Kedarnath temple is one of the highest temples in the country. It is located near the Mandakini river in Uttarakhand and houses one out of the twelve Jyotirlingas in the country. Dedicated to Lord Shiva, it worships the Lord as Kedar Nath, meaning the master of Kedar Khand, the name by which the region was known earlier.
There is no road access available to the temple and it can only be reached through a tough, uphill 18 km long trek which starts from Gaurikund. Kedarnath is one of the holiest Hindu pilgrim sites and earlier completing a journey to the sacred temple was considered no less than an accomplishment for the religiously inclined.
However, the tough journey is now much simpler because of the daily helicopter service which plies from the helipad in Phata village in Kedarnath. Some operators also offer a helicopter service from the town of Agustmuni in Rudraprayag.
Devotees can visit Kedarnath temple and return the same day as helicopter service plies at regular intervals from Phata and Agustmuni helipads. 5-seater helicopters are operated by different tour companies.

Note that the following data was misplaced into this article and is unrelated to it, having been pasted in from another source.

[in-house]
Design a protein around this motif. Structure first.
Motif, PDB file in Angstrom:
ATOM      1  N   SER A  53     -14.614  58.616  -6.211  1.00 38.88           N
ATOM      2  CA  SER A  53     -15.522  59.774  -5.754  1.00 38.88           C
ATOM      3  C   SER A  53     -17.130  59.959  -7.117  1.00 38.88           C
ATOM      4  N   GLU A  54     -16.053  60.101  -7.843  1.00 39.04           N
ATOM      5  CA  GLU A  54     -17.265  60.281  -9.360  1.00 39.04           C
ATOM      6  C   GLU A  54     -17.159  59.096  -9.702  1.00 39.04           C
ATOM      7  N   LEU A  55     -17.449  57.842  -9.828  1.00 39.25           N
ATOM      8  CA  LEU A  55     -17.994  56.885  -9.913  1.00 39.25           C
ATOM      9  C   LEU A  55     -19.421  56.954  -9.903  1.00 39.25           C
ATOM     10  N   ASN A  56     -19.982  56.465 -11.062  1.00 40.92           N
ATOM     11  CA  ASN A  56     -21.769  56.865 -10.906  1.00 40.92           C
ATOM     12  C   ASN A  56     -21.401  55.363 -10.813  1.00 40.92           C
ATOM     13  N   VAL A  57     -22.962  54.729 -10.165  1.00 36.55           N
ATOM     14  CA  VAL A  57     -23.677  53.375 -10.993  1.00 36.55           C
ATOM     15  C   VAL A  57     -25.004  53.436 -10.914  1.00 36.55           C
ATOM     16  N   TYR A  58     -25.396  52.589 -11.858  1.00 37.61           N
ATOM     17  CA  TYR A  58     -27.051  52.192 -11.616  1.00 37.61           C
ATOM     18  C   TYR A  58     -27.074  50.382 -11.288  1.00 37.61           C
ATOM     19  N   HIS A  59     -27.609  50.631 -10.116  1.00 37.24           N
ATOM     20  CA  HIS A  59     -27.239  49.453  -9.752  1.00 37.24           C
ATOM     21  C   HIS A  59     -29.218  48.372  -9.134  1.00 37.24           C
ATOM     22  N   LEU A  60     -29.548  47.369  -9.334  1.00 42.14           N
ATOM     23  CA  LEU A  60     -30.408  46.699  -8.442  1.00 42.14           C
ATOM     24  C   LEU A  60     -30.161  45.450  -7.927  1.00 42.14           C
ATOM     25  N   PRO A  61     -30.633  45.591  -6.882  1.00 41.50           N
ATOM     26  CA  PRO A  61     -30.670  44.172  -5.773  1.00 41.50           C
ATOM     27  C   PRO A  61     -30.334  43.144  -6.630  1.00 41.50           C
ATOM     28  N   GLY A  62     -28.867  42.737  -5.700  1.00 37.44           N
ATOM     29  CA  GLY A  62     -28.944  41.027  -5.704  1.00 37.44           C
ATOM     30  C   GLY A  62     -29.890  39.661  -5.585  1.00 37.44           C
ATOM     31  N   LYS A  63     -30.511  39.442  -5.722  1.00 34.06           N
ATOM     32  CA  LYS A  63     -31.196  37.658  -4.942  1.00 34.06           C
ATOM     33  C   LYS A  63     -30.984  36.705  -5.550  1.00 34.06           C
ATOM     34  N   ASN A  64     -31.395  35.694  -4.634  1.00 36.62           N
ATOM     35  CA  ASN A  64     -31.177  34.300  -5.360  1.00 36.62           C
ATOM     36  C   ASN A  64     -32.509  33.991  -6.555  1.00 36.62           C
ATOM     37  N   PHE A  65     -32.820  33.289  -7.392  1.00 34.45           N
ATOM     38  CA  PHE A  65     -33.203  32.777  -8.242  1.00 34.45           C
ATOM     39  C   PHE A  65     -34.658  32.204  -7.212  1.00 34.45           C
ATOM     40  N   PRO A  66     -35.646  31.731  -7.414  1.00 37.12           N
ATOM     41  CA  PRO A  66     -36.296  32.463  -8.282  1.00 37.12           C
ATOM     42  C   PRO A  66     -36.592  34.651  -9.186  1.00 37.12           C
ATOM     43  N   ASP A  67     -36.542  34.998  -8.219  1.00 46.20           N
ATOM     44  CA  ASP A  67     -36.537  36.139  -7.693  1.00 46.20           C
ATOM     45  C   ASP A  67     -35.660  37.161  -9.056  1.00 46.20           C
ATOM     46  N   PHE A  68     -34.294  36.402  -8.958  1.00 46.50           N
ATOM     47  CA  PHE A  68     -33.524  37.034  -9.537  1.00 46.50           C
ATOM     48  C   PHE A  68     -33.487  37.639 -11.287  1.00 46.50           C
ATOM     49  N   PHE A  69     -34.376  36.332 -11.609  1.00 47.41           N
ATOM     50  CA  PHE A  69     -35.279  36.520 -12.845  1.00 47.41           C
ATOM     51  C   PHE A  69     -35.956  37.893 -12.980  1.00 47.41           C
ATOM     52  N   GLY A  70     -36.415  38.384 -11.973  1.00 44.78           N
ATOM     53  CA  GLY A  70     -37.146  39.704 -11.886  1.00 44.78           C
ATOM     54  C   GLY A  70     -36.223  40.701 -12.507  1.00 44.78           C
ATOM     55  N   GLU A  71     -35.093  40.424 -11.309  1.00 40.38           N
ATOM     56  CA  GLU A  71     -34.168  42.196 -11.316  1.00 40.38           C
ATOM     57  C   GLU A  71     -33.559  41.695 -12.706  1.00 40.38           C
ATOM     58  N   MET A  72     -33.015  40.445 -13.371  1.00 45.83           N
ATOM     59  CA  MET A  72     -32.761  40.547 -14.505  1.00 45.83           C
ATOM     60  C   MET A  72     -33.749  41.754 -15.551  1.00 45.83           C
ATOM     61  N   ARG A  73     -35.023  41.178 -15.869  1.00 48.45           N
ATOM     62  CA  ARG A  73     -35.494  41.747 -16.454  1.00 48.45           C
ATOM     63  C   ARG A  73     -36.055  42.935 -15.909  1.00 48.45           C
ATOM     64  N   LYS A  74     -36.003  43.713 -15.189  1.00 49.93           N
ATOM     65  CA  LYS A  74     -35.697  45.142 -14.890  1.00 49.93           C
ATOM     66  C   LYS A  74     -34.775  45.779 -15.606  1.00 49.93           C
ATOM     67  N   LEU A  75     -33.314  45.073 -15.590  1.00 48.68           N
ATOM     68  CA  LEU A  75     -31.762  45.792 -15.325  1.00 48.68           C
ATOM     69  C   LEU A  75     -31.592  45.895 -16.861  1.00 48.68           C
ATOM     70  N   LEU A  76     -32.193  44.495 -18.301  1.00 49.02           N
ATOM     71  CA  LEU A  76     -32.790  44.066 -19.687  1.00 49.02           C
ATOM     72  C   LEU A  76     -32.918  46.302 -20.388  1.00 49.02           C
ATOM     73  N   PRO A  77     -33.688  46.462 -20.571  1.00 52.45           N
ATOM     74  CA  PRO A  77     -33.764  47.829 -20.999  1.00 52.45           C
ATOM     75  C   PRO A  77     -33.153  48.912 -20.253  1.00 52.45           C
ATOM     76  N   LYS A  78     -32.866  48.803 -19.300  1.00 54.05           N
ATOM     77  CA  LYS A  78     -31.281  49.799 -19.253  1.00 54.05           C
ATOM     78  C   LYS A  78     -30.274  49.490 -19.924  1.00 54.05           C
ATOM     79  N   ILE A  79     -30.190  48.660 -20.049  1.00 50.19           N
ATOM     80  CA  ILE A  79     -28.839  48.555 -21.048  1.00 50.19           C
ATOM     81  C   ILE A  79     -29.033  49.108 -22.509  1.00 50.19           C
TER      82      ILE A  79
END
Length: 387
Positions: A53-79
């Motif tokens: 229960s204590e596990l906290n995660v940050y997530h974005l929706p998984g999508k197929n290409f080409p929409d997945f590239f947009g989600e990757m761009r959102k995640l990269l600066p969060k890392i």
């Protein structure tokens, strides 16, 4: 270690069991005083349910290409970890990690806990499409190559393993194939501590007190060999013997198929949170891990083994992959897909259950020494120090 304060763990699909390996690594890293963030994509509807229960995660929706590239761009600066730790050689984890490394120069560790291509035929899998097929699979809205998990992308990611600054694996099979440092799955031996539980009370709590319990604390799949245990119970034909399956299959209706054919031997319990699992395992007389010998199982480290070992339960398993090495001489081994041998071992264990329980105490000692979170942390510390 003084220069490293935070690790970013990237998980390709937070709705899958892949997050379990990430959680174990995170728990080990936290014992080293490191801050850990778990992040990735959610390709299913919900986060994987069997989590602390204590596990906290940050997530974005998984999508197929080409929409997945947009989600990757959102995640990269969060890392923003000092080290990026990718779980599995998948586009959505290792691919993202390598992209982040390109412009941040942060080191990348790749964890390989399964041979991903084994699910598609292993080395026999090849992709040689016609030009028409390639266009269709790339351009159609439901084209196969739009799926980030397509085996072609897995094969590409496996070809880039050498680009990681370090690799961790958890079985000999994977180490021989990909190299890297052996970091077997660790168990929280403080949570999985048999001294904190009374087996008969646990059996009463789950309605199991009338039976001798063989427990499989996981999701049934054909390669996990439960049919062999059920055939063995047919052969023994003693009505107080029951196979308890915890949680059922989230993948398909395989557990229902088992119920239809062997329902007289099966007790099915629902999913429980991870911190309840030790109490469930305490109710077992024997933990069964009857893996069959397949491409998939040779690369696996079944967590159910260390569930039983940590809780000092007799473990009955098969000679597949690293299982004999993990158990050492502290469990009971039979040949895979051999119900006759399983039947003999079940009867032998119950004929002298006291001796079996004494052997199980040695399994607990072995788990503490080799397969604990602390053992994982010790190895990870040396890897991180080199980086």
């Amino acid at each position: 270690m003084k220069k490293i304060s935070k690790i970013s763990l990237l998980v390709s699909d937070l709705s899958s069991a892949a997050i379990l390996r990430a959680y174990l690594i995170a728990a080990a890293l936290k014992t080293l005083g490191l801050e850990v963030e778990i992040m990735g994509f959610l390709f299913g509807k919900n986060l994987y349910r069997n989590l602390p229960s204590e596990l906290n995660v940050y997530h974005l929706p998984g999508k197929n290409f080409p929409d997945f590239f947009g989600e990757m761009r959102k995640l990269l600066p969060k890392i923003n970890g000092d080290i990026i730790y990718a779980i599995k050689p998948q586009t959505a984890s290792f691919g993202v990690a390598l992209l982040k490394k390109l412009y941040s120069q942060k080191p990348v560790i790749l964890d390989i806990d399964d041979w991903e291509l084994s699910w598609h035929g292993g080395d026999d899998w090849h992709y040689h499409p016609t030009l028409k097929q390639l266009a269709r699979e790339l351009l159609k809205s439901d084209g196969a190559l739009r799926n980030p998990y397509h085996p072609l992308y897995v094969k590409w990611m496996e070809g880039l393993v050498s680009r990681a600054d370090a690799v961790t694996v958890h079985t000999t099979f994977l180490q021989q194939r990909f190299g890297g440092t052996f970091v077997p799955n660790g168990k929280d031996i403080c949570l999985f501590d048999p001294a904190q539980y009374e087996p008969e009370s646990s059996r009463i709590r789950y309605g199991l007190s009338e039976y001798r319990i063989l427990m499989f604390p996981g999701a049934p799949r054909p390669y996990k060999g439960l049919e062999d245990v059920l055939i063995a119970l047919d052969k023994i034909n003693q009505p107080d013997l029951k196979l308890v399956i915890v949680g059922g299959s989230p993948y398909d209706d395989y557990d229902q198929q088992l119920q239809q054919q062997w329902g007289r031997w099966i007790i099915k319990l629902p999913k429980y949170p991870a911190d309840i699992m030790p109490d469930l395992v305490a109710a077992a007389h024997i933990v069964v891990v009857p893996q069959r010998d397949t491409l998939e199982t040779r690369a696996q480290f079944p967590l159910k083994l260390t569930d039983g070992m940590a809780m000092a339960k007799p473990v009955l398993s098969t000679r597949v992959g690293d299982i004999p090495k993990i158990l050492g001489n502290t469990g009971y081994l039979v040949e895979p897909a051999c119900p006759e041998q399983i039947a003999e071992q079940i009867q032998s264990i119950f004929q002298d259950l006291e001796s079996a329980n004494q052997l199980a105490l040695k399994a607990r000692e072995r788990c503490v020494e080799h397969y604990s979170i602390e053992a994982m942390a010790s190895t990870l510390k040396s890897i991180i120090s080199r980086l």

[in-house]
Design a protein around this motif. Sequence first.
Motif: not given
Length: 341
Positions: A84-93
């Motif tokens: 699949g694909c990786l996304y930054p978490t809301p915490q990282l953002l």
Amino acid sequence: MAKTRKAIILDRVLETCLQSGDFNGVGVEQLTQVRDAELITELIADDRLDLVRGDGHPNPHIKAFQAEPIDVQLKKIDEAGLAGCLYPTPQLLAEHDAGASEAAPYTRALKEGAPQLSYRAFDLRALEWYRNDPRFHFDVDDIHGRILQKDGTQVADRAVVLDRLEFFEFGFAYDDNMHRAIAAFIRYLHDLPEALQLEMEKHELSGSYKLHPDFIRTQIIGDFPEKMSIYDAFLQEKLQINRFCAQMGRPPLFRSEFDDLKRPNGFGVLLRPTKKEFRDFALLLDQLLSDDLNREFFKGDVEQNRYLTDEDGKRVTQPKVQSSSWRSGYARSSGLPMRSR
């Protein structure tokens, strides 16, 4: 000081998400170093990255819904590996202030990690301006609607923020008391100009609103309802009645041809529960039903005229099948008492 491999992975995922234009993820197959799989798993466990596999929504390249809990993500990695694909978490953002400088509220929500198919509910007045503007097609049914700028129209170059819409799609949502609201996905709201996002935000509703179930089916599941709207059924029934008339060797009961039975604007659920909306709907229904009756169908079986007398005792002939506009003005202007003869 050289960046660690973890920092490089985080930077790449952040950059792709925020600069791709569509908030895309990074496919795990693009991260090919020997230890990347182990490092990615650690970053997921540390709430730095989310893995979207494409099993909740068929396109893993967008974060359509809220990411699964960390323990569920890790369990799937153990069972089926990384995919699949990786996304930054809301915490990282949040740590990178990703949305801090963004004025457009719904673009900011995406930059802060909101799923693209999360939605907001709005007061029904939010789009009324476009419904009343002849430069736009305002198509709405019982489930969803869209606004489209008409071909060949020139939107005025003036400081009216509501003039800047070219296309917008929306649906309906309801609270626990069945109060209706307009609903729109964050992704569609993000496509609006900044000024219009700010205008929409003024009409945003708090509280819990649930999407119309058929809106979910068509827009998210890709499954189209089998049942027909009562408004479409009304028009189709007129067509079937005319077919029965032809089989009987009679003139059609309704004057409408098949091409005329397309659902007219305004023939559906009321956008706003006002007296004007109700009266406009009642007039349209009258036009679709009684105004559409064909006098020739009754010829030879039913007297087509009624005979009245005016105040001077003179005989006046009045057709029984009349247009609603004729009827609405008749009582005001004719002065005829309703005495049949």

The last helicopter back to Phata leaves at 11:10 AM and those who wish to have an overnight stay at Kedarnath can choose to take this flight the next day. Even with a same day return flight, devotees get around 1:30 hours for darshan in the temple.
Accommodation options are available at both Phata and Kedarnath.
Cost for a round trip from Phata-Kedarnath-Phata comes to INR 6500 per person with extra applicable taxes. One way helicopter rides can also be booked subject to seat availability. A one-way ticket costs between INR 3,000 to INR 3,500 with applicable taxes.
The mythology of Kedarnath is an interesting one. It is said to atone for their sins for committing fratricide and killing of Brahmans; the Pandavas were advised by Lord Krishna to seek Lord Shiva and ask for forgiveness and blessings before reaching salvation. Lord Shiva, however, was furious at the Pandavas for committing unjust, violent acts in the Kurukshetra war. He subsequently hid from their sights, even going incognito as a bull. The Pandavas relentlessly pursued Shiva for penance and found him in his disguised form of Nandi. When Bhima tried to hold the bull from its hind legs and tail, it vanished and hid into the ground, but later reappeared as Shiva in five different forms, with the hump situated at Kedarnath. This triangular shaped rock is worshipped in the inner sanctum, also known as garbagriha, of the temple. Another legend is when Shiva appeared before the worshippers Nara-Narayan, they requested him to stay there in his true form for human welfare. Therefore, Shiva decided to reside as a Jyoti in the snow-clad Himalayas in a place known as Kedar. That is why he is also called Kedarnath or Kedareshwara.